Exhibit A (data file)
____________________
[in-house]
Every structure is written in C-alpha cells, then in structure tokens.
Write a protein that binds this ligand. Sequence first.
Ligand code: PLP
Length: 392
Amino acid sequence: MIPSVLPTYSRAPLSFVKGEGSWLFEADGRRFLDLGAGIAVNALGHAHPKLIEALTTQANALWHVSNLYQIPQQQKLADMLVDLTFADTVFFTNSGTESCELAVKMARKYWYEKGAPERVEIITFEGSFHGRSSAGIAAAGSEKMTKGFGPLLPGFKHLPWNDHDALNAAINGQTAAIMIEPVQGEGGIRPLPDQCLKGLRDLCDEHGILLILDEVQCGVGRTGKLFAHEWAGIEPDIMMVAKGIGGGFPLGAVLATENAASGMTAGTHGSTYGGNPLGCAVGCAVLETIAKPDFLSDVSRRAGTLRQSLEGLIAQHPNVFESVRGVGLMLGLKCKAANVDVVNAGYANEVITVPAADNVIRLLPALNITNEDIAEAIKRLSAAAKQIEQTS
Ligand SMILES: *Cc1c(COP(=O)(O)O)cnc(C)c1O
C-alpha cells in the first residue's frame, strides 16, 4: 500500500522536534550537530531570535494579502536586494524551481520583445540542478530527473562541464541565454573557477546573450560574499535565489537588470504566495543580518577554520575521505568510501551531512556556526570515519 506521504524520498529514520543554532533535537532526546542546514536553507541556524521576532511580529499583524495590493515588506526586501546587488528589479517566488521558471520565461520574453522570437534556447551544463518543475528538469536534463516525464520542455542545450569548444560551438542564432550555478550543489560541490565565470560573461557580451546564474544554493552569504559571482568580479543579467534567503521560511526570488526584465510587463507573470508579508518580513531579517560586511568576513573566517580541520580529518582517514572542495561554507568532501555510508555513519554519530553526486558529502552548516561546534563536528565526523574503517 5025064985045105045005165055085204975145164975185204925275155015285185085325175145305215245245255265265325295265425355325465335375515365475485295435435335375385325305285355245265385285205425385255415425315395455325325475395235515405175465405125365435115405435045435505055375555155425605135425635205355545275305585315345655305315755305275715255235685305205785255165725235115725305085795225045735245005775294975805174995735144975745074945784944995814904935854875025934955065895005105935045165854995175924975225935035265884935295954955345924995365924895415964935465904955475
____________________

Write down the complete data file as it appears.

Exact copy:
[in-house]
Every structure is written in C-alpha cells, then in structure tokens.
Write a protein that binds this ligand. Sequence first.
Ligand code: PLP
Length: 392
Amino acid sequence: MIPSVLPTYSRAPLSFVKGEGSWLFEADGRRFLDLGAGIAVNALGHAHPKLIEALTTQANALWHVSNLYQIPQQQKLADMLVDLTFADTVFFTNSGTESCELAVKMARKYWYEKGAPERVEIITFEGSFHGRSSAGIAAAGSEKMTKGFGPLLPGFKHLPWNDHDALNAAINGQTAAIMIEPVQGEGGIRPLPDQCLKGLRDLCDEHGILLILDEVQCGVGRTGKLFAHEWAGIEPDIMMVAKGIGGGFPLGAVLATENAASGMTAGTHGSTYGGNPLGCAVGCAVLETIAKPDFLSDVSRRAGTLRQSLEGLIAQHPNVFESVRGVGLMLGLKCKAANVDVVNAGYANEVITVPAADNVIRLLPALNITNEDIAEAIKRLSAAAKQIEQTS
Ligand SMILES: *Cc1c(COP(=O)(O)O)cnc(C)c1O
C-alpha cells in the first residue's frame, strides 16, 4: 500500500522536534550537530531570535494579502536586494524551481520583445540542478530527473562541464541565454573557477546573450560574499535565489537588470504566495543580518577554520575521505568510501551531512556556526570515519 506521504524520498529514520543554532533535537532526546542546514536553507541556524521576532511580529499583524495590493515588506526586501546587488528589479517566488521558471520565461520574453522570437534556447551544463518543475528538469536534463516525464520542455542545450569548444560551438542564432550555478550543489560541490565565470560573461557580451546564474544554493552569504559571482568580479543579467534567503521560511526570488526584465510587463507573470508579508518580513531579517560586511568576513573566517580541520580529518582517514572542495561554507568532501555510508555513519554519530553526486558529502552548516561546534563536528565526523574503517 5025064985045105045005165055085204975145164975185204925275155015285185085325175145305215245245255265265325295265425355325465335375515365475485295435435335375385325305285355245265385285205425385255415425315395455325325475395235515405175465405125365435115405435045435505055375555155425605135425635205355545275305585315345655305315755305275715255235685305205785255165725235115725305085795225045735245005775294975805174995735144975745074945784944995814904935854875025934955065895005105935045165854995175924975225935035265884935295954955345924995365924895415964935465904955475